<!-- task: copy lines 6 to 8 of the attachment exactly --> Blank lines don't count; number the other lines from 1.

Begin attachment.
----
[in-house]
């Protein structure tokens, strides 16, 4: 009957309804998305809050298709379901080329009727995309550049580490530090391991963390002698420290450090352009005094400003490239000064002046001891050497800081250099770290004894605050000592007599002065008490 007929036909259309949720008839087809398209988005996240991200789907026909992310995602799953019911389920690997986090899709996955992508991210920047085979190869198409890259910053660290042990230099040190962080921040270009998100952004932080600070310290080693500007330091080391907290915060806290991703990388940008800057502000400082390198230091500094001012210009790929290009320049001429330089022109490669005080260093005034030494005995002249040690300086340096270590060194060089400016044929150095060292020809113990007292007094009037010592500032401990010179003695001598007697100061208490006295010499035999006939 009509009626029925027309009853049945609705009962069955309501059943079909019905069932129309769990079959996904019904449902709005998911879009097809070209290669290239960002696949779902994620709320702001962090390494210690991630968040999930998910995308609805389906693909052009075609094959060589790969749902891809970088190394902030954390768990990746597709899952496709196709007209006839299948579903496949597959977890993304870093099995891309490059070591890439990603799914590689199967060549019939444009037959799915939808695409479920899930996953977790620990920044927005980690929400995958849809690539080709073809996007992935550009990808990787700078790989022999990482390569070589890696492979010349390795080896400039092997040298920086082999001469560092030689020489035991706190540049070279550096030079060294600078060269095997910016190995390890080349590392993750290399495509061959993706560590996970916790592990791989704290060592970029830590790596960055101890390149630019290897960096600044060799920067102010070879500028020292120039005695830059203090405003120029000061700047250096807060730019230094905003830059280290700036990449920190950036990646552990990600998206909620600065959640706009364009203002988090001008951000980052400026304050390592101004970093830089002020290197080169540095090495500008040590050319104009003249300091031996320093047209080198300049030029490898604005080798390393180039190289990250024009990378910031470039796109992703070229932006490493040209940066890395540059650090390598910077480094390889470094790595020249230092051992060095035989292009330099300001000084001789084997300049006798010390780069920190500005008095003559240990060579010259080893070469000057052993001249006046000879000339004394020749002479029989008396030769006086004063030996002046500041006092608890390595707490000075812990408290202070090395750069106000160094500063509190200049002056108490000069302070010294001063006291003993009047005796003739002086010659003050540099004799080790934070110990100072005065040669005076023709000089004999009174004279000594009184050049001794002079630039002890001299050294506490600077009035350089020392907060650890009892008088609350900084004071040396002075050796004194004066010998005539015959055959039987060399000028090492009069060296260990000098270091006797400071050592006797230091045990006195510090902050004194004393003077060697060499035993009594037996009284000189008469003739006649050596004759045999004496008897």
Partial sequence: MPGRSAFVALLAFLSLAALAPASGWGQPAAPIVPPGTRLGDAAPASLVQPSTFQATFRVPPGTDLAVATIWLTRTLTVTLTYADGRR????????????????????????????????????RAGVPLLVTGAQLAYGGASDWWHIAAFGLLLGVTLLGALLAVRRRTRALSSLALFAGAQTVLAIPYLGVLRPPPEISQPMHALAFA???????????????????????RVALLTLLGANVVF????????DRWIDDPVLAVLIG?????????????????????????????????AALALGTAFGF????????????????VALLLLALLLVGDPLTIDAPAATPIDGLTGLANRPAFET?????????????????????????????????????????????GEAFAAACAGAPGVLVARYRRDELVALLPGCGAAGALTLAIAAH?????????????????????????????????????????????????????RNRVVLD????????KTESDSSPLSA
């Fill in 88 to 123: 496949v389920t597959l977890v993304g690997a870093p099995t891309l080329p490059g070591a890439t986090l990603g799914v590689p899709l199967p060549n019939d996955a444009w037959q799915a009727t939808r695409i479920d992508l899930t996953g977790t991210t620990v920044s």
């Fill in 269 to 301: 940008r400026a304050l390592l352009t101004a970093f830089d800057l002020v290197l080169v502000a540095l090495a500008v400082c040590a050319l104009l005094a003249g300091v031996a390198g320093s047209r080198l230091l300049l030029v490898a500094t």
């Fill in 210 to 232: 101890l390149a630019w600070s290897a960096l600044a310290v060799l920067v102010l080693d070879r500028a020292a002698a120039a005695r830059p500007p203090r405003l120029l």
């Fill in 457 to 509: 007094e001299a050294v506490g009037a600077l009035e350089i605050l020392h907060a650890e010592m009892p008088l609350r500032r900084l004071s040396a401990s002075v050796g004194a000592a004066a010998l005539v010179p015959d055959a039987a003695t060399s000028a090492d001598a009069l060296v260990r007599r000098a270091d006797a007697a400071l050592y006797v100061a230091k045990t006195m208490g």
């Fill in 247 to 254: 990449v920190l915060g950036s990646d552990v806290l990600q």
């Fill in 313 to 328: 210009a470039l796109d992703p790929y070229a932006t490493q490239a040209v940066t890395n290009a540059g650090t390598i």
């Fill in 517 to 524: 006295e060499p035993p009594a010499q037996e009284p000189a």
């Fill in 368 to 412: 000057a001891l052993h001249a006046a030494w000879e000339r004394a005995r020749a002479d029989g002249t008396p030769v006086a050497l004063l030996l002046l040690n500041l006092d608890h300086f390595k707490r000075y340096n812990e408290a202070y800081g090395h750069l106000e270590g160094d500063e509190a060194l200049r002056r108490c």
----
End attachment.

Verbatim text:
């Fill in 210 to 232: 101890l390149a630019w600070s290897a960096l600044a310290v060799l920067v102010l080693d070879r500028a020292a002698a120039a005695r830059p500007p203090r405003l120029l």
């Fill in 457 to 509: 007094e001299a050294v506490g009037a600077l009035e350089i605050l020392h907060a650890e010592m009892p008088l609350r500032r900084l004071s040396a401990s002075v050796g004194a000592a004066a010998l005539v010179p015959d055959a039987a003695t060399s000028a090492d001598a009069l060296v260990r007599r000098a270091d006797a007697a400071l050592y006797v100061a230091k045990t006195m208490g």
């Fill in 247 to 254: 990449v920190l915060g950036s990646d552990v806290l990600q």